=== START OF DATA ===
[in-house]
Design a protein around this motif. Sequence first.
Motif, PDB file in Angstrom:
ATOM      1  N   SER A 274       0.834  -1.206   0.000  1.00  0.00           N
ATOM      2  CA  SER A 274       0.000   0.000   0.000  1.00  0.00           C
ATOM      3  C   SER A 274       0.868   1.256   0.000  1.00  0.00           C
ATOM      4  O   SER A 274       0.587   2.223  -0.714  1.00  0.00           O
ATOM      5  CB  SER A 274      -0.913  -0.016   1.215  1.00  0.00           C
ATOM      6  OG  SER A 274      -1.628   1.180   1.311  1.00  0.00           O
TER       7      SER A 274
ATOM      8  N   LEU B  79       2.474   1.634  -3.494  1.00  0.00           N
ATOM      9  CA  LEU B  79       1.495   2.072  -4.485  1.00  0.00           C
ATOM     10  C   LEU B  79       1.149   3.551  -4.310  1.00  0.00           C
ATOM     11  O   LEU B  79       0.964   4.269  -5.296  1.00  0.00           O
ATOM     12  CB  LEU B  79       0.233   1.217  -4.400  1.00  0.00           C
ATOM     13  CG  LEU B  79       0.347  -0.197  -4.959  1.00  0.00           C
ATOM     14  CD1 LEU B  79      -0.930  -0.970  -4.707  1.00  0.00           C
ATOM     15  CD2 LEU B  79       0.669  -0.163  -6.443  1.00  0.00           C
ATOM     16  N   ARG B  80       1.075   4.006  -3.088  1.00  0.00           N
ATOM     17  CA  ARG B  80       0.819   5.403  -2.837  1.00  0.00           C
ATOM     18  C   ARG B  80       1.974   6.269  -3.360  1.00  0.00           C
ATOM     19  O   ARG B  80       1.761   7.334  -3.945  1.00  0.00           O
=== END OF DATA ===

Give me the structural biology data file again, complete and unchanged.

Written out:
[in-house]
Design a protein around this motif. Sequence first.
Motif, PDB file in Angstrom:
ATOM      1  N   SER A 274       0.834  -1.206   0.000  1.00  0.00           N
ATOM      2  CA  SER A 274       0.000   0.000   0.000  1.00  0.00           C
ATOM      3  C   SER A 274       0.868   1.256   0.000  1.00  0.00           C
ATOM      4  O   SER A 274       0.587   2.223  -0.714  1.00  0.00           O
ATOM      5  CB  SER A 274      -0.913  -0.016   1.215  1.00  0.00           C
ATOM      6  OG  SER A 274      -1.628   1.180   1.311  1.00  0.00           O
TER       7      SER A 274
ATOM      8  N   LEU B  79       2.474   1.634  -3.494  1.00  0.00           N
ATOM      9  CA  LEU B  79       1.495   2.072  -4.485  1.00  0.00           C
ATOM     10  C   LEU B  79       1.149   3.551  -4.310  1.00  0.00           C
ATOM     11  O   LEU B  79       0.964   4.269  -5.296  1.00  0.00           O
ATOM     12  CB  LEU B  79       0.233   1.217  -4.400  1.00  0.00           C
ATOM     13  CG  LEU B  79       0.347  -0.197  -4.959  1.00  0.00           C
ATOM     14  CD1 LEU B  79      -0.930  -0.970  -4.707  1.00  0.00           C
ATOM     15  CD2 LEU B  79       0.669  -0.163  -6.443  1.00  0.00           C
ATOM     16  N   ARG B  80       1.075   4.006  -3.088  1.00  0.00           N
ATOM     17  CA  ARG B  80       0.819   5.403  -2.837  1.00  0.00           C
ATOM     18  C   ARG B  80       1.974   6.269  -3.360  1.00  0.00           C
ATOM     19  O   ARG B  80       1.761   7.334  -3.945  1.00  0.00           O